All I Want for Christmas is a $20,000 Dry Stack Stone Retaining Wall

We are lucky enough to have a backyard swimming pool, which is a total blast for our family in the summertime, and which by default becomes the visual center of attention for the whole backyard. Much of my “intensive gardening” takes place around this pool, since I like to make its environs as inviting and floriferous as possible in the summer.  Unfortunately, the pool is surrounded on two sides by nearly 100 linear feet of retaining wall made from those god-awful wooden railroad ties.

A glimpse of the timber wall. The sight of it even makes Max feel morose.

These railroad ties must have been all the rage with builders and landscapers back in the early 80s, because they are ALL OVER my neighborhood, which was constructed at that time.  I suppose they’re okay for some applications, but I really don’t think they should be “featured” in a garden as ours is  in our pool area.  Especially when they begin to rot, as our wall has.  It seems each year a new section of wall either collapses or is gnawed from the inside out by carpenter ants, and we’ve had to replace parts of it three times now.  This year, the corner section is going:

This part is totally deteriorating.

As you can see, I had the clever idea to grow cotoneaster over the wall in order to conceal it, or at least to distract the eye with something more comely.  Unfortunately, the cotoneaster is nearly as hideous as the wall, so that plan didn’t exactly pan out.  This summer, as I observed the timbers in this section of wall gradually decaying like teeth on a corpse, I decided , damn it, I’m going to get some estimates for a stone wall to replace this thing!  Stone…lovely, earthy, beautiful, weatherproof, ant-proof stone…once I began to imagine it, it was hard not to become completely infatuated with the idea of a gorgeous stone wall gracing my backyard.

For several weeks I gazed at images of stone walls on the internet.  I measured my site.  I sketched ideas: the wall would sweep around the pool in a gorgeous S-shaped curve, it would be mostly shades of gray but with some hints of orangy-earth tones to match the color of existing rock already scattered around.  It would be the prettiest wall ever.  It would be the Scarlett Johannsen of walls.

Time to get an estimate.

The first place I called was a local landscape maintenance company that I like.  Their estimate was around eight grand.  Pricey, yeah, but I knew it was probably on the low side.  I think this company would have built a good wall, but the vibe I got was that it wouldn’t necessarily have been an artful wall.  That’s what I want.  Artful. 

So then I called up another contractor I knew.  I became familiar with this contractor during my brief stint working for a local landscape designer in DC, and I knew the company did beautiful work and that they could definitely build an artful  wall.  So one of the guys came out, and he talked to me about what I wanted, and being the geek that I am, I described to him my “dream wall” and I even did a little sketch on his notepad.  And he was very nice, and he said we could go to the stone yard together to hand pick the stone, and he said, “maybe in the future we could consider some low-voltage lighting,” and he wove me a beautiful fantasy about the building of this wall. 

The last thing he said to me was:  “So I’ll call you in a few days with the estimate and we’ll go from there!”  Then he gave me a warm handshake and left me with an array of glossy brochures.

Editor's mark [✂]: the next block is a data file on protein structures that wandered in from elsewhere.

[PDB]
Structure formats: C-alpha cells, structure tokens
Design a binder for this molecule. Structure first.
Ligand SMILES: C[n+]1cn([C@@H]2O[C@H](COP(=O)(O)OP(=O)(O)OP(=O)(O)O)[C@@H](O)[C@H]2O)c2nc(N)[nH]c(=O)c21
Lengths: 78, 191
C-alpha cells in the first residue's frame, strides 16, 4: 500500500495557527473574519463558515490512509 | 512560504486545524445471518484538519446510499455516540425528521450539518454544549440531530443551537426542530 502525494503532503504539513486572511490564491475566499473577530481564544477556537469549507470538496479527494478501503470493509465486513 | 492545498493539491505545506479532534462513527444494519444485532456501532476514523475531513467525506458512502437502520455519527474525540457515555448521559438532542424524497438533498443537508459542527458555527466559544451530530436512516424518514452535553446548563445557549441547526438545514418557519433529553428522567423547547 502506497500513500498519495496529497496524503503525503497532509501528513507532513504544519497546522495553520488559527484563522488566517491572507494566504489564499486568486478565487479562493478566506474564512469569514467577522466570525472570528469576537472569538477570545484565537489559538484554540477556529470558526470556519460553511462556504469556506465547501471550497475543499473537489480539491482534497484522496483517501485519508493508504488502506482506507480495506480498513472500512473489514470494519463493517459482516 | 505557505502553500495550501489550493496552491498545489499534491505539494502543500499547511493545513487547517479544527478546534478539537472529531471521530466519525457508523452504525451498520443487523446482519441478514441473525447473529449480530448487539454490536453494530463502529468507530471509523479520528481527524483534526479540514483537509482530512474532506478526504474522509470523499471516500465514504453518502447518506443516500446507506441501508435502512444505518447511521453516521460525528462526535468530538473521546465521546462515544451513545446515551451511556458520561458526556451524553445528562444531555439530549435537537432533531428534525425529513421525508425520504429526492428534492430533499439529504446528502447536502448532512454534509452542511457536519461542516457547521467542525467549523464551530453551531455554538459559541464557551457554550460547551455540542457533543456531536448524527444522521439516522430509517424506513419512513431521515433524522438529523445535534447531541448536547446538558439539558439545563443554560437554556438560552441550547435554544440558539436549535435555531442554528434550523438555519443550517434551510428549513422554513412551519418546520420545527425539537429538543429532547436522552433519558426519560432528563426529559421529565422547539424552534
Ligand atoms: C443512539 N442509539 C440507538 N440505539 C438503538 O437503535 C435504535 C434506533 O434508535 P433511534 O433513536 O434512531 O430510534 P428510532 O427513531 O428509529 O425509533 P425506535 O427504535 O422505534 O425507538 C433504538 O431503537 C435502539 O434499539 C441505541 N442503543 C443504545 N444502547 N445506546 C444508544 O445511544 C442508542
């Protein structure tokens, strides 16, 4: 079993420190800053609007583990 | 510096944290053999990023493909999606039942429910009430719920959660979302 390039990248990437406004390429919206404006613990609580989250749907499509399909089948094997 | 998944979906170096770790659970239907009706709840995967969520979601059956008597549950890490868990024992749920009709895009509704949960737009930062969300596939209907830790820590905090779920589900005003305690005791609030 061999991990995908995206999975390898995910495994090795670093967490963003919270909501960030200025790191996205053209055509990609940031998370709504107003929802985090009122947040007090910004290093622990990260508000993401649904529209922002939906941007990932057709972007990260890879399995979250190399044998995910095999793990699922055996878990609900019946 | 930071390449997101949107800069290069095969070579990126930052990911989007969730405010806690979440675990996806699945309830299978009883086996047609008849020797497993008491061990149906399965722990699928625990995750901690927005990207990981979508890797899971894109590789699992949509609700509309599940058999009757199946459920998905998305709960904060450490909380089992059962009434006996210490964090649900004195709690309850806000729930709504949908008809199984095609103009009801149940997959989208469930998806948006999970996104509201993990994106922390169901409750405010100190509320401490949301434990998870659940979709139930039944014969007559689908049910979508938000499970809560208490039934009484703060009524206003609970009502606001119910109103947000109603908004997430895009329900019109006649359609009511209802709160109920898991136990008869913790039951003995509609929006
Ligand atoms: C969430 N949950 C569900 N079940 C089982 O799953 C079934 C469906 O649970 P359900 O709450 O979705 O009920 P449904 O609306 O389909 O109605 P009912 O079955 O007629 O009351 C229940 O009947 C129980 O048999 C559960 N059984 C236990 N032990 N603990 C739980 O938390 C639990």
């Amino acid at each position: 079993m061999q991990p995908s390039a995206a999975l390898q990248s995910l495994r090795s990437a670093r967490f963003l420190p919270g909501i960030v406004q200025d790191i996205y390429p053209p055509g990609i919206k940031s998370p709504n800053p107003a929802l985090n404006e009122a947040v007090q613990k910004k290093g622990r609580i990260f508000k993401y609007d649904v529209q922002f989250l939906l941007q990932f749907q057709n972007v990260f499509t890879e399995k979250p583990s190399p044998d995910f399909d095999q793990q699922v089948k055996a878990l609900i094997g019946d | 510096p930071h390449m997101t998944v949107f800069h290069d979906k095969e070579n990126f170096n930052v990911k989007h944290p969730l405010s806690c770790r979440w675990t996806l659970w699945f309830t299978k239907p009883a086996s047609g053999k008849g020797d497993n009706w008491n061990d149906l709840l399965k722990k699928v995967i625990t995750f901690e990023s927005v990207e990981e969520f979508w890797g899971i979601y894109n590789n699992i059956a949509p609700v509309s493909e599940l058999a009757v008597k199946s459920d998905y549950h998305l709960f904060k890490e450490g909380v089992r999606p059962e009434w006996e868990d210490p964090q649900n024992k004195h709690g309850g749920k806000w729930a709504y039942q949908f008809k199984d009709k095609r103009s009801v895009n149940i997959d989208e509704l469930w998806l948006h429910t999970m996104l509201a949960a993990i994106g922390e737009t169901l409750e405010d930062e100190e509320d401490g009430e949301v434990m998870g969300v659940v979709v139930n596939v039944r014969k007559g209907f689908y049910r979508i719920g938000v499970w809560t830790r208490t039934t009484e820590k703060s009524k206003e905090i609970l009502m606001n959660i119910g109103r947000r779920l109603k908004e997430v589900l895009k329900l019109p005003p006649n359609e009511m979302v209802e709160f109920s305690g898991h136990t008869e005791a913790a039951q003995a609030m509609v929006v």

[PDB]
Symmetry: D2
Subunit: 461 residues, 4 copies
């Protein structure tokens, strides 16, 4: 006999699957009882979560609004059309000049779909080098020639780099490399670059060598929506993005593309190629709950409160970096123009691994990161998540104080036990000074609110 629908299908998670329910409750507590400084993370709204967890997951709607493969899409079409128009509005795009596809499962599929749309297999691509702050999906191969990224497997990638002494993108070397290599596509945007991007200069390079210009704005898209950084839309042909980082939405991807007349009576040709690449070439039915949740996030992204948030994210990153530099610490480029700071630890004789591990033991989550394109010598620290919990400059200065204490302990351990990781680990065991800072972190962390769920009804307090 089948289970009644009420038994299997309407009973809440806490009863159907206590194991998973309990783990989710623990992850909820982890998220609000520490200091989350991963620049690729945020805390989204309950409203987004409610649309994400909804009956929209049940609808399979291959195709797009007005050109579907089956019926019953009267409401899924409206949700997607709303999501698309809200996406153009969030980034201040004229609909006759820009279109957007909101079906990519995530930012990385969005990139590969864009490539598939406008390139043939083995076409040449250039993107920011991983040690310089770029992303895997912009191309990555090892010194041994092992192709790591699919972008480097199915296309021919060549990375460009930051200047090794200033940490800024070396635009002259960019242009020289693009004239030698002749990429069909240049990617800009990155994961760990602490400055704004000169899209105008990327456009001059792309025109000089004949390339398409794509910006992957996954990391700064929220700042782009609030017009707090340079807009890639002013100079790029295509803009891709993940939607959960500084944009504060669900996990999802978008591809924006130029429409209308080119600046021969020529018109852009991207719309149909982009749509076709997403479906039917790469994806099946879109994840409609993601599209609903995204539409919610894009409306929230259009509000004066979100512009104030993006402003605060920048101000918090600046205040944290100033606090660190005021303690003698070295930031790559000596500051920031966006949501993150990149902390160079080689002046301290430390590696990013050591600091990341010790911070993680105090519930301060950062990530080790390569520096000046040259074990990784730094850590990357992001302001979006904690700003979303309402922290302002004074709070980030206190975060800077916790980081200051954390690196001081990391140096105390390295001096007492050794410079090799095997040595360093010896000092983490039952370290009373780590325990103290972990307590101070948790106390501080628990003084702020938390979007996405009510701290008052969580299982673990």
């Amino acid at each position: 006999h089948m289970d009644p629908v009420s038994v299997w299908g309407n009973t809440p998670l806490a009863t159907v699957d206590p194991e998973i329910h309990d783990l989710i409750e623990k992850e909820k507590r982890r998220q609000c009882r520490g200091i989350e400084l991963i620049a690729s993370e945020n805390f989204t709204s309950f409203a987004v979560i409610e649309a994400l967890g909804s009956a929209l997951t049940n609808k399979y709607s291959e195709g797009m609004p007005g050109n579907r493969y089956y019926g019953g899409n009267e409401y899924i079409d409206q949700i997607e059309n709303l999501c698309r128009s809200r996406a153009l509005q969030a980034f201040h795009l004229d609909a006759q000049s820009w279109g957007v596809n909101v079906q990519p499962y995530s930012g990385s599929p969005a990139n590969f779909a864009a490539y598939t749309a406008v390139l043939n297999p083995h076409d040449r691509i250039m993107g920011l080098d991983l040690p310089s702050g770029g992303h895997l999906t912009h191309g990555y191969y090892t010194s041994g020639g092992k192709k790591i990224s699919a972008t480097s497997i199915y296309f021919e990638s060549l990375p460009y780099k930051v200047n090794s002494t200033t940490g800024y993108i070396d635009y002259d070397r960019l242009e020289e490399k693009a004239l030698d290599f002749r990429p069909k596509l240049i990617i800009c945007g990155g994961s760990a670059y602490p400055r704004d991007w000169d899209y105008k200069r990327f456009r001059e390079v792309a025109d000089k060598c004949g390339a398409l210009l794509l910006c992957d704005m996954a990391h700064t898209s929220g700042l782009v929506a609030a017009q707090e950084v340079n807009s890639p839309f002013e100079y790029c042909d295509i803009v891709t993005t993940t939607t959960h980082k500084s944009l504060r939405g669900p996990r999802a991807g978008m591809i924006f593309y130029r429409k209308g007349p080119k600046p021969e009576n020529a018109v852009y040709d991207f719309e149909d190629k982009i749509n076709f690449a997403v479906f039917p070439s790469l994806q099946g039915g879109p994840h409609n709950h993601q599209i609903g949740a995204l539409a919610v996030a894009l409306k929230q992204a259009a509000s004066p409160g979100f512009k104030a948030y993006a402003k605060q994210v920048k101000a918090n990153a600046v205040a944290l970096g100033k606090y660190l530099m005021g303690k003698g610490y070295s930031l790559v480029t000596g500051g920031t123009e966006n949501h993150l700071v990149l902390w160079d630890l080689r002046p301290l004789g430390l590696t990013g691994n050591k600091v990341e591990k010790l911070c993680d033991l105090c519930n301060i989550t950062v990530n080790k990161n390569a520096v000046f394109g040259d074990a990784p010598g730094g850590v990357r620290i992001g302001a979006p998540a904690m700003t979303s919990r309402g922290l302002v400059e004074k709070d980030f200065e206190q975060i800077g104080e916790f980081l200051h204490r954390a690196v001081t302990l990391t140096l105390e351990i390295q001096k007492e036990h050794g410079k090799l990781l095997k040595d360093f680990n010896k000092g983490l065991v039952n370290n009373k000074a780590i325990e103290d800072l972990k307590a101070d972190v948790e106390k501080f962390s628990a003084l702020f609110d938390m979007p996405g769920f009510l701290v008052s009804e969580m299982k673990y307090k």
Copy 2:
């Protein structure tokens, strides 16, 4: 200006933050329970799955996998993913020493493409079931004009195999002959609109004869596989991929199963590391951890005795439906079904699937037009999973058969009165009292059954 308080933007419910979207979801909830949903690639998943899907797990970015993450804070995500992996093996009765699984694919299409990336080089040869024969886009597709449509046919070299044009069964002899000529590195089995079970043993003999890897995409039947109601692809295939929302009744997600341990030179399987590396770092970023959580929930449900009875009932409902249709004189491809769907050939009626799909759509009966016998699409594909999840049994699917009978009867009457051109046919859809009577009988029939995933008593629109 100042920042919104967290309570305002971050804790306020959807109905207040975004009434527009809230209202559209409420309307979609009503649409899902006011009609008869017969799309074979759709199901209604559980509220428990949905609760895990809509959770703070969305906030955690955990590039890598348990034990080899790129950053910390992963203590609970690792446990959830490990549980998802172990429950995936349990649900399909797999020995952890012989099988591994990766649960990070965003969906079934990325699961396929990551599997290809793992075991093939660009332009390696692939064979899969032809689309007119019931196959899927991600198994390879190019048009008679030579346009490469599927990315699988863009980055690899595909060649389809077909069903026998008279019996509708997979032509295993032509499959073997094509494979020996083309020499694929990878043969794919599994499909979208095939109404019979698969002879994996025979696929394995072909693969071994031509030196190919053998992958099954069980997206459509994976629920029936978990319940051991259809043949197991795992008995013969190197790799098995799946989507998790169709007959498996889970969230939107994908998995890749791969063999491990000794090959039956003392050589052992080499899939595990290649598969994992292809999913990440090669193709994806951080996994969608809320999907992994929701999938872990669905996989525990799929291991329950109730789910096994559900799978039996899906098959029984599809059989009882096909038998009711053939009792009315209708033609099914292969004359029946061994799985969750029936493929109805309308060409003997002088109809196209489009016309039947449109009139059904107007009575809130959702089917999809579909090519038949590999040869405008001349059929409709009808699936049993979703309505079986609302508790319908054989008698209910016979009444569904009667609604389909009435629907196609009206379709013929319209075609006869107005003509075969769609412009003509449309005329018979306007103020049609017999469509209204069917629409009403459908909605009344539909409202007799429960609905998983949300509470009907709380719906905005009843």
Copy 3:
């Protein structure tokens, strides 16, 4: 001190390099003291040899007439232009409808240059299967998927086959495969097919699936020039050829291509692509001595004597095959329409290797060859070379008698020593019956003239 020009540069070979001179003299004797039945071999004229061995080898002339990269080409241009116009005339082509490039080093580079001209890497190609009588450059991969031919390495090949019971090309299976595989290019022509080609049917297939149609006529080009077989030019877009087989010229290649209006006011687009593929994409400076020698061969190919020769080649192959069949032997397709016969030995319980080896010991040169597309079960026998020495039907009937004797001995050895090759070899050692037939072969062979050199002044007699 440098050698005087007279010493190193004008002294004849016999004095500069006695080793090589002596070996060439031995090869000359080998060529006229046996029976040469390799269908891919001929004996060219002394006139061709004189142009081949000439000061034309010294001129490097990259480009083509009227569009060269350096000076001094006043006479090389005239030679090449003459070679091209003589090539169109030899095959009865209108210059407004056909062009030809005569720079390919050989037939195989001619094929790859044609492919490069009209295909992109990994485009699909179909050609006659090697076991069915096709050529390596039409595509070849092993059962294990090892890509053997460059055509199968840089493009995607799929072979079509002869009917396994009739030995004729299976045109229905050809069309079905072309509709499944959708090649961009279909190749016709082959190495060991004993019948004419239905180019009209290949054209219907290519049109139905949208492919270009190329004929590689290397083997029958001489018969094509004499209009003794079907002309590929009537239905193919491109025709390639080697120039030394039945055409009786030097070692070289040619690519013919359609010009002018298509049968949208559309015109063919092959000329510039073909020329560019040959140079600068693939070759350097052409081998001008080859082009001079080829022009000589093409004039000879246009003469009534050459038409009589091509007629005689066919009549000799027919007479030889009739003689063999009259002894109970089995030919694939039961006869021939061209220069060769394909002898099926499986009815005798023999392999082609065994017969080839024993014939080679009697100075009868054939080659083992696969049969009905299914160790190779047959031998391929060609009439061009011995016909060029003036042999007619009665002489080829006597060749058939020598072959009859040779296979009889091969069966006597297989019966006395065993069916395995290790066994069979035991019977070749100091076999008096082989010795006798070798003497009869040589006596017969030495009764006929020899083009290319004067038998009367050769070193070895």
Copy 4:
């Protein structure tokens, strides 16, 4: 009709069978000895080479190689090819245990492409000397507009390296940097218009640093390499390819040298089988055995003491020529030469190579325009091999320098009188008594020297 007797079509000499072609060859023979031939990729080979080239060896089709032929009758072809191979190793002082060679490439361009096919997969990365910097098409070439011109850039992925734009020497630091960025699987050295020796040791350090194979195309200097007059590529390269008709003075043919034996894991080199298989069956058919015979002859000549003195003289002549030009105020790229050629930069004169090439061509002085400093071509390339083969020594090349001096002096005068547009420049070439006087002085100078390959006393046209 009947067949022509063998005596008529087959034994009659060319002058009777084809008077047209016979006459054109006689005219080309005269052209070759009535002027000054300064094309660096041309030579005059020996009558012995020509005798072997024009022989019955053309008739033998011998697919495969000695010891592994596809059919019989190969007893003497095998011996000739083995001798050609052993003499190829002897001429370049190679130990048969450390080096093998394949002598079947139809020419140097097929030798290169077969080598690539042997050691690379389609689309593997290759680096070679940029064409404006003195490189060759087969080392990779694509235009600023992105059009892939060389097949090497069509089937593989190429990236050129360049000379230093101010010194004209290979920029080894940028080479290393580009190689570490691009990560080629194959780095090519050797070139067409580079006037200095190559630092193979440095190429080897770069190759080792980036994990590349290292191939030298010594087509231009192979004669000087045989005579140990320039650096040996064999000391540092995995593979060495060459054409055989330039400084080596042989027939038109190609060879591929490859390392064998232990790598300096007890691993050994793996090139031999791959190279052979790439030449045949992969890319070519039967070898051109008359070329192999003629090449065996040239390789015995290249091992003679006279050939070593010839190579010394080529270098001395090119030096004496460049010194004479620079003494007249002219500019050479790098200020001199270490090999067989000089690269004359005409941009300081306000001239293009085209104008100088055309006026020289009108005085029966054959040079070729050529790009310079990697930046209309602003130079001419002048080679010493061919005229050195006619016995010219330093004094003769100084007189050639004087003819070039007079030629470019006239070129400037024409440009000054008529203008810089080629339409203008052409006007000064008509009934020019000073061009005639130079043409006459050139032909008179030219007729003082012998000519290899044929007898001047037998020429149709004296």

That was four months ago, and he still hasn’t called.

I was stood up by the stone wall guy!

The truth is, I suspect he was waiting for me to call him before he took the time to work up the estimate.  I suspect that, when we met, he glanced around and deduced from the plastic lawn furniture and cheap reed fencing that selling me an exquisite stone wall was probably unlikely.  So he gave me the brush off – sort of like in high school when the guy stops calling the girl once he realizes she’s not going to put out.

But he was right, damn it.  The reason I didn’t call him and ask “hey, where’s my estimate?” is because I’m pretty sure a beautiful stone wall built and installed by this company would set us back at least twenty thousand dollars.  Perhaps much more.  Even if I had that kind of money sitting around, I don’t know if I could bring myself to spend it on a retaining wall.  I have a good dose of thrifty Scottish blood in me which is constantly at war with my shameless and extravagant desire for a beautiful garden.   Twenty thousand for a car, a college education, emergency open-heart surgery – yes.  Twenty thousand for the wall? 

The railroad timbers aren’t THAT bad.

So in the meantime I will be taking suggestions for better plants to spill over my timber wall in order to camouflage it.  And I will be adding this book to my Amazon Wish List:

 It’s not as good as the “dream wall”, but it’s $19,975 cheaper.

19 thoughts on “All I Want for Christmas is a $20,000 Dry Stack Stone Retaining Wall

  1. Robert Frost said, “something there is that hates a wall.” That would be gravity and carpenter ants. I love the richness of this post. Been there, done that with estimates and contractors. You’re right that railroad ties are so 1980’s. I did a couple of raised beds for a sloping area beside our front stoop this summer and while they have a nice terraced look, they scream, “I’m from the 1980’s!” Of course,the rest of the house whispers, “I’m from the 1960’s” but I hope new siding (in progress) will dampen that sound.

    As for doing it yourself, there are tons of how-to videos online, several books and articles, and my impression is that with a little practice and a small crane, you could do something like what’s shown in the first picture. Start small and do a short Robert Frost “Mending Wall” wall. (That’s a horrid inadvertent triple rhyme, I know.) I have a run of a brick retaining wall around a patio about 20 feet long and a foot high that is coming apart. I think I’d like to try a dry stone version of it…next spring. You’d be welcome to come practice on it! (JK but it’s an idea.)